Experience with anger may leave you with the idea that all
anger is bad. Yelling at your children for cooperation
doesn’t leave you feeling very positively. Watching your
children fight when they are angry doesn’t give you any
warm feelings either. But, anger does have it’s purpose in
our lives and can teach us a thing or two about how to have
healthier, happier relationships.

Here are five ways that anger can be a good thing:

1. Anger protects. When your child is in danger your mind
will automatically kick into a “fight or flight” reaction that
can result in anger. You don’t have time to stop and ponder
a course of action when your child is in the middle of the
street! Anger short cuts our thinking brain to allow us to act
quickly. This is nature’s way of protecting your family from

2. Anger signals. The purpose of anger is to destroy
problems in our lives, not our relationships. When
something needs to dramatically change, anger not only
lets you know but it gives you the power to do something
about it. For example, if your child’s doctor won’t listen to
your concerns, getting angry can stir things up and get a
problem diagnosed and solved.

3. Anger rules. Your child left his toys all over the house
again! Tired of yelling at your child to get his cooperation.
That only reinforces the annoying behavior. Your anger
may be telling you that expectations are too high, the rule is
not clear enough, or that you are not following through on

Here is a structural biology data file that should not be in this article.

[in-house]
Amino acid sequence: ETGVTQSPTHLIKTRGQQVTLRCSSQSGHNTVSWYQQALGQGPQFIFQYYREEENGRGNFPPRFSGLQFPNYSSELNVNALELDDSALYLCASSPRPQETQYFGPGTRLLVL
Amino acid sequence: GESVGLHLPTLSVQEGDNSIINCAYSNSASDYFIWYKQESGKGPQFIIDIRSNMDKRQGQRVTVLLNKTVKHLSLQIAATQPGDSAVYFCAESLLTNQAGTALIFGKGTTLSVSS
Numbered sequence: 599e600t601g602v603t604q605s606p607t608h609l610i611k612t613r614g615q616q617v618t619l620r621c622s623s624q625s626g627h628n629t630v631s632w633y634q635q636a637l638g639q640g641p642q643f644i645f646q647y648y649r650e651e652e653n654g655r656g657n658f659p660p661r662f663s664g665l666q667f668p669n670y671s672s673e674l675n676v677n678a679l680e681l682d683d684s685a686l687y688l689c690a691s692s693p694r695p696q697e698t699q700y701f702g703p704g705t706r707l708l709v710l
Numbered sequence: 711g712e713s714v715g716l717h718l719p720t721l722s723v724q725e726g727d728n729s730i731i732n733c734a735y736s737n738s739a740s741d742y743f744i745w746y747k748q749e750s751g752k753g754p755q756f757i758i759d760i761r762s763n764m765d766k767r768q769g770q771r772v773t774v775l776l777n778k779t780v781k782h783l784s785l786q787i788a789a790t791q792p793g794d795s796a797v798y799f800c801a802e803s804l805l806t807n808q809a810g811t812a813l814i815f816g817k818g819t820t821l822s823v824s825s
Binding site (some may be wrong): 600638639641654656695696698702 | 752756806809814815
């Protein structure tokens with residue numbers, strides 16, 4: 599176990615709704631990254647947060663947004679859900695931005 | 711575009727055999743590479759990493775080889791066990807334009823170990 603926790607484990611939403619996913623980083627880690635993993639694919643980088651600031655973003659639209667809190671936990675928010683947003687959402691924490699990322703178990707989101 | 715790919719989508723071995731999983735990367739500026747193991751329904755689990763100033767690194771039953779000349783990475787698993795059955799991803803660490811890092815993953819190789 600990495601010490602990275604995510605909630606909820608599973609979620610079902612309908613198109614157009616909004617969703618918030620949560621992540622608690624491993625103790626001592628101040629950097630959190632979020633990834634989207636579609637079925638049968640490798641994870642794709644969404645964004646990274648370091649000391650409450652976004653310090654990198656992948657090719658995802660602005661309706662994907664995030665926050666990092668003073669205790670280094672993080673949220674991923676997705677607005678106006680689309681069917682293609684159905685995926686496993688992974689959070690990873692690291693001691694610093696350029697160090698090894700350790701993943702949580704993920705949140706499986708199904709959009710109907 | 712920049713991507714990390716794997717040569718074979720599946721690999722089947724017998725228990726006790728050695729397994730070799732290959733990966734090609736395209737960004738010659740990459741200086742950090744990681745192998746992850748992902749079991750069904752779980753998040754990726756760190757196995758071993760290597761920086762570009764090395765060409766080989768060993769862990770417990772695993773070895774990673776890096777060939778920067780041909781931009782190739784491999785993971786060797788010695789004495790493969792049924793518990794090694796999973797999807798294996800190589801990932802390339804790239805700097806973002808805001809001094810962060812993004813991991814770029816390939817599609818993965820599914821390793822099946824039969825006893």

consequences consistently. Use the energy of your anger
to communicate the rule (again) and then follow it up with
consistent, age appropriate discipline.

4. Anger talks. What we say to ourselves affects our
emotional state. If we tell ourselves we are bad parents
then we may act like bad parents. If we tell ourselves we are
doing the best we can under stressful circumstances we will
react with less hostility and frustration. Practice listening to
that little “anger voice” and challenge some of the
misperceptions you hold of yourself and your child. Ask
some honest friends to help you be objective in your inner
inventory. If what you are saying to yourself is true, use this
information to make changes in your parent/child

5. Anger teaches. Our anger management styles are
learned from our own parents. If Mom was a yeller, we may
follow her example, even if we vowed never to yell at our
kids. Fortunately, if you learned one anger expression style
you can learn another. Separate the idea that feeling anger
is bad. That is natural and unavoidable but what you do
with those hot emotions is completely under your control —
with some practice. Allow yourself permission to find new
ways to cope with daily parenting hassles by taking a class
or reading a book on anger management.

by Ron Huxley http://parentingtoolbox.com

Anger Management Classes available 7 days a week in Houston, Texas.

Gregory A. Kyles, M.A., LPC, CEAP, CAMF
Director, Anger Management Institute of Texas
Diplomate, President of Texas Chapter
American Association of Anger Management Providers

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